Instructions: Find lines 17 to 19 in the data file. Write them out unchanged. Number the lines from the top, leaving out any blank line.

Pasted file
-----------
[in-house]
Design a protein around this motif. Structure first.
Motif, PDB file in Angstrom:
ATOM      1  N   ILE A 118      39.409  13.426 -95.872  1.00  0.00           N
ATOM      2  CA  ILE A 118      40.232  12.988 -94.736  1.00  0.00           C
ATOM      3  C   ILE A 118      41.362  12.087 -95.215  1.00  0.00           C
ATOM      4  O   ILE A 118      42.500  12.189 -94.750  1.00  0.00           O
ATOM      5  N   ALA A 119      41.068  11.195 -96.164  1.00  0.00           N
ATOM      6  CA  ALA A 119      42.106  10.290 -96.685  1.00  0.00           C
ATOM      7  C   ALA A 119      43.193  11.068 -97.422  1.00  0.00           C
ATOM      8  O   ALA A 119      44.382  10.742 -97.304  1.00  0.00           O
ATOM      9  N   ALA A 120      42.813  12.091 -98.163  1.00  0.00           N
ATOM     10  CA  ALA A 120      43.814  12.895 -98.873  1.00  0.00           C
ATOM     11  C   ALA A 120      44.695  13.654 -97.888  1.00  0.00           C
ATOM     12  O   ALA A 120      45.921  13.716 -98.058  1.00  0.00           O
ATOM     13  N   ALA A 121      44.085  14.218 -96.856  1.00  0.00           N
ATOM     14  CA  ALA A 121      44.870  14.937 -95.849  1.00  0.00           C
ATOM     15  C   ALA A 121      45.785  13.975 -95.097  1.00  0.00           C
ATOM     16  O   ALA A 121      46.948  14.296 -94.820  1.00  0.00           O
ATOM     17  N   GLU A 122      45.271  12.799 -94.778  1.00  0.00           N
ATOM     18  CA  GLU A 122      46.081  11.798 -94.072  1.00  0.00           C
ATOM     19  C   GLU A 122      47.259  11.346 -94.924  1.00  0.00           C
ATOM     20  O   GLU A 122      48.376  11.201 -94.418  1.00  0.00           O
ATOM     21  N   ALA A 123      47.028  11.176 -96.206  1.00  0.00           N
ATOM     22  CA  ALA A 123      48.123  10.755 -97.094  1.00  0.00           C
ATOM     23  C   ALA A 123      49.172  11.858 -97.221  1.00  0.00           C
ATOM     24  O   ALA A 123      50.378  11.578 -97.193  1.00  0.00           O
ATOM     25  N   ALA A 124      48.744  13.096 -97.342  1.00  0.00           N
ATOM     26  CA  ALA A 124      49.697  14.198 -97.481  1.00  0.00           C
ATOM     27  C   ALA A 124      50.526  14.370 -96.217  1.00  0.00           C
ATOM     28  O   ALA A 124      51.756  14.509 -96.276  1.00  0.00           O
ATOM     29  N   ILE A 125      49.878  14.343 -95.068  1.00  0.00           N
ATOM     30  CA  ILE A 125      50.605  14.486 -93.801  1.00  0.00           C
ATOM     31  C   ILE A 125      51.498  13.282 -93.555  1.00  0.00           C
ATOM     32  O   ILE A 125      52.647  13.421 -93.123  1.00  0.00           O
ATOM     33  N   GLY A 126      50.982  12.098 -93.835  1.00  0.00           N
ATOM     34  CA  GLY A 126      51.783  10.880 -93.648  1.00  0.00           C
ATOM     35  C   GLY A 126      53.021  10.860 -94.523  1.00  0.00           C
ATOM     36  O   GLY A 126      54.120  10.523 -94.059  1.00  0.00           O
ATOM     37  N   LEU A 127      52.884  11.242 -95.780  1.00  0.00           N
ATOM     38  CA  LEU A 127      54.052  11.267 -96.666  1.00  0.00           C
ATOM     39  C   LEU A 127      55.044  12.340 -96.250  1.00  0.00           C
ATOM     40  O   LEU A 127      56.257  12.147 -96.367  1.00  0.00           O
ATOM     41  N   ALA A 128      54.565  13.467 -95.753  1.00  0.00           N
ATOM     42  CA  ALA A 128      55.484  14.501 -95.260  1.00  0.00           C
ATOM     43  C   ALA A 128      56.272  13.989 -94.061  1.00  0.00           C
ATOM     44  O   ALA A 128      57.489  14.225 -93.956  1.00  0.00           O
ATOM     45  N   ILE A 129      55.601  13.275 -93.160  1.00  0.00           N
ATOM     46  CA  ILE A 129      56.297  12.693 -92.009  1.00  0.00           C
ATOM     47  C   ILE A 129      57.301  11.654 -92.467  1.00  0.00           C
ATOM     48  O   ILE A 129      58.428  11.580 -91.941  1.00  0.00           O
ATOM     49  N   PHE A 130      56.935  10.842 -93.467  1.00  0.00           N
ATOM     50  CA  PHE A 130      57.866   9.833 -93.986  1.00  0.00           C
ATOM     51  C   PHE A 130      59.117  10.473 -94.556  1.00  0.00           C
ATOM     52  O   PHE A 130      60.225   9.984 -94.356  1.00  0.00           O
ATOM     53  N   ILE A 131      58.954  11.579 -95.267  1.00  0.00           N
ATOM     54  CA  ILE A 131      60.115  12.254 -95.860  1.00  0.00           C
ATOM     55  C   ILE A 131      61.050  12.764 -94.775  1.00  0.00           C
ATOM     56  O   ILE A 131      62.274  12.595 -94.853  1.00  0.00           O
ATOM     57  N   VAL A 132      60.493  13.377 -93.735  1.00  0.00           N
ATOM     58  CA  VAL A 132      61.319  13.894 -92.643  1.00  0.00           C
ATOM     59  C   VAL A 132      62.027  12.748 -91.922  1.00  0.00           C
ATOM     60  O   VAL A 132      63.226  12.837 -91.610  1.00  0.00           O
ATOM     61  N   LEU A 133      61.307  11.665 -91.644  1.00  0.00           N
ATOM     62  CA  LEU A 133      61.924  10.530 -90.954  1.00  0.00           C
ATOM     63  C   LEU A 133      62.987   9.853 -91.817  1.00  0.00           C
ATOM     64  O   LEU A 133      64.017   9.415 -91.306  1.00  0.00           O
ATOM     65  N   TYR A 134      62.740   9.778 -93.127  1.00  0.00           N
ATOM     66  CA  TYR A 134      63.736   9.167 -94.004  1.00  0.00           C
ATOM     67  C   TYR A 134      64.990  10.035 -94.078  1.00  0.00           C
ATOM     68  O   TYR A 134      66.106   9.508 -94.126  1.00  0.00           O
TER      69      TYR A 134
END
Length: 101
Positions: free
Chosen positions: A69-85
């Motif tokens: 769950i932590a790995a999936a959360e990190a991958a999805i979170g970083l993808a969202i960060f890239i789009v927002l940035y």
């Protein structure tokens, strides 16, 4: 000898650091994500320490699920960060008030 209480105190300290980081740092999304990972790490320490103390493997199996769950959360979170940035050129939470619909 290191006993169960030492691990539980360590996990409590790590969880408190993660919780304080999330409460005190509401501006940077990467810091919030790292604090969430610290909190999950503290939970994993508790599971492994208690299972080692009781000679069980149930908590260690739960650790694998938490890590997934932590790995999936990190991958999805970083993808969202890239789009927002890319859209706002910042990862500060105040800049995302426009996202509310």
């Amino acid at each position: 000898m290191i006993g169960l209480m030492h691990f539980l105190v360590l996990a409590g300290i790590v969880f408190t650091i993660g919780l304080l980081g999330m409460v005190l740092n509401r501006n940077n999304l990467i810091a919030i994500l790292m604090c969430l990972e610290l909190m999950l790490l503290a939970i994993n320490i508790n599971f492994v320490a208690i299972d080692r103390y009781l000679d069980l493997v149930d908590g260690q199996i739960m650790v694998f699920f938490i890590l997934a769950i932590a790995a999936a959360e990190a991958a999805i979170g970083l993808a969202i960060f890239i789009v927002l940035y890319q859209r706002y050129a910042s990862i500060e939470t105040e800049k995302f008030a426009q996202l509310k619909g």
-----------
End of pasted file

ATOM     14  CA  ALA A 121      44.870  14.937 -95.849  1.00  0.00           C
ATOM     15  C   ALA A 121      45.785  13.975 -95.097  1.00  0.00           C
ATOM     16  O   ALA A 121      46.948  14.296 -94.820  1.00  0.00           O